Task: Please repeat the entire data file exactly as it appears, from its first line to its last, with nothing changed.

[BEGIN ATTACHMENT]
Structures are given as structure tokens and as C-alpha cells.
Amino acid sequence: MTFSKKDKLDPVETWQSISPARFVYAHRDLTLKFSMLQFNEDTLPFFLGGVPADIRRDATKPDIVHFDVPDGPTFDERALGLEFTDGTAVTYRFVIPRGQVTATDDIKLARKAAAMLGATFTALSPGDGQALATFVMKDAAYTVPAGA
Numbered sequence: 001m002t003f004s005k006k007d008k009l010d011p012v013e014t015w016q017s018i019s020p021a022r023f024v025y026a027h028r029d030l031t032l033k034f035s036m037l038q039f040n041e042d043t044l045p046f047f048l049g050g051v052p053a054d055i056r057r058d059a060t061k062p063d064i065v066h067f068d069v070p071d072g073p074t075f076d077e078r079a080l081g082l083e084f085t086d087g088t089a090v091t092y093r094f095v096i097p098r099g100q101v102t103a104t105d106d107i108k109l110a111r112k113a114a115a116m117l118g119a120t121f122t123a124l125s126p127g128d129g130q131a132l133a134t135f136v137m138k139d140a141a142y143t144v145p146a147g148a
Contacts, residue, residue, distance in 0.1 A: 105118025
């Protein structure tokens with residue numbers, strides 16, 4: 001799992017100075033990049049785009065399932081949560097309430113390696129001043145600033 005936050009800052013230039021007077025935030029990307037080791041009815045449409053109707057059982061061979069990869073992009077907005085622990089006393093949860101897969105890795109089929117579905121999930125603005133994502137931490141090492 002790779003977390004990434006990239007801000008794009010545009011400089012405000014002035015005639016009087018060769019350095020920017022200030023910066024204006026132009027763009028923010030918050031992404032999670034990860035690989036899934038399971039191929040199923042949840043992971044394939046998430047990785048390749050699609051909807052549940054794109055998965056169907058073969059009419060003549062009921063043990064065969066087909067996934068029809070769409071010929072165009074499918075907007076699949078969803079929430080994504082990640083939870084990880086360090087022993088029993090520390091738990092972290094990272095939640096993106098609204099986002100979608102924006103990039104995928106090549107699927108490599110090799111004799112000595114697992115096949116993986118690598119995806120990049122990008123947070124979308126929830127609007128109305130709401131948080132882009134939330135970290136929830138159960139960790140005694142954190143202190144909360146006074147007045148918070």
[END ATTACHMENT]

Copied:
Structures are given as structure tokens and as C-alpha cells.
Amino acid sequence: MTFSKKDKLDPVETWQSISPARFVYAHRDLTLKFSMLQFNEDTLPFFLGGVPADIRRDATKPDIVHFDVPDGPTFDERALGLEFTDGTAVTYRFVIPRGQVTATDDIKLARKAAAMLGATFTALSPGDGQALATFVMKDAAYTVPAGA
Numbered sequence: 001m002t003f004s005k006k007d008k009l010d011p012v013e014t015w016q017s018i019s020p021a022r023f024v025y026a027h028r029d030l031t032l033k034f035s036m037l038q039f040n041e042d043t044l045p046f047f048l049g050g051v052p053a054d055i056r057r058d059a060t061k062p063d064i065v066h067f068d069v070p071d072g073p074t075f076d077e078r079a080l081g082l083e084f085t086d087g088t089a090v091t092y093r094f095v096i097p098r099g100q101v102t103a104t105d106d107i108k109l110a111r112k113a114a115a116m117l118g119a120t121f122t123a124l125s126p127g128d129g130q131a132l133a134t135f136v137m138k139d140a141a142y143t144v145p146a147g148a
Contacts, residue, residue, distance in 0.1 A: 105118025
């Protein structure tokens with residue numbers, strides 16, 4: 001799992017100075033990049049785009065399932081949560097309430113390696129001043145600033 005936050009800052013230039021007077025935030029990307037080791041009815045449409053109707057059982061061979069990869073992009077907005085622990089006393093949860101897969105890795109089929117579905121999930125603005133994502137931490141090492 002790779003977390004990434006990239007801000008794009010545009011400089012405000014002035015005639016009087018060769019350095020920017022200030023910066024204006026132009027763009028923010030918050031992404032999670034990860035690989036899934038399971039191929040199923042949840043992971044394939046998430047990785048390749050699609051909807052549940054794109055998965056169907058073969059009419060003549062009921063043990064065969066087909067996934068029809070769409071010929072165009074499918075907007076699949078969803079929430080994504082990640083939870084990880086360090087022993088029993090520390091738990092972290094990272095939640096993106098609204099986002100979608102924006103990039104995928106090549107699927108490599110090799111004799112000595114697992115096949116993986118690598119995806120990049122990008123947070124979308126929830127609007128109305130709401131948080132882009134939330135970290136929830138159960139960790140005694142954190143202190144909360146006074147007045148918070």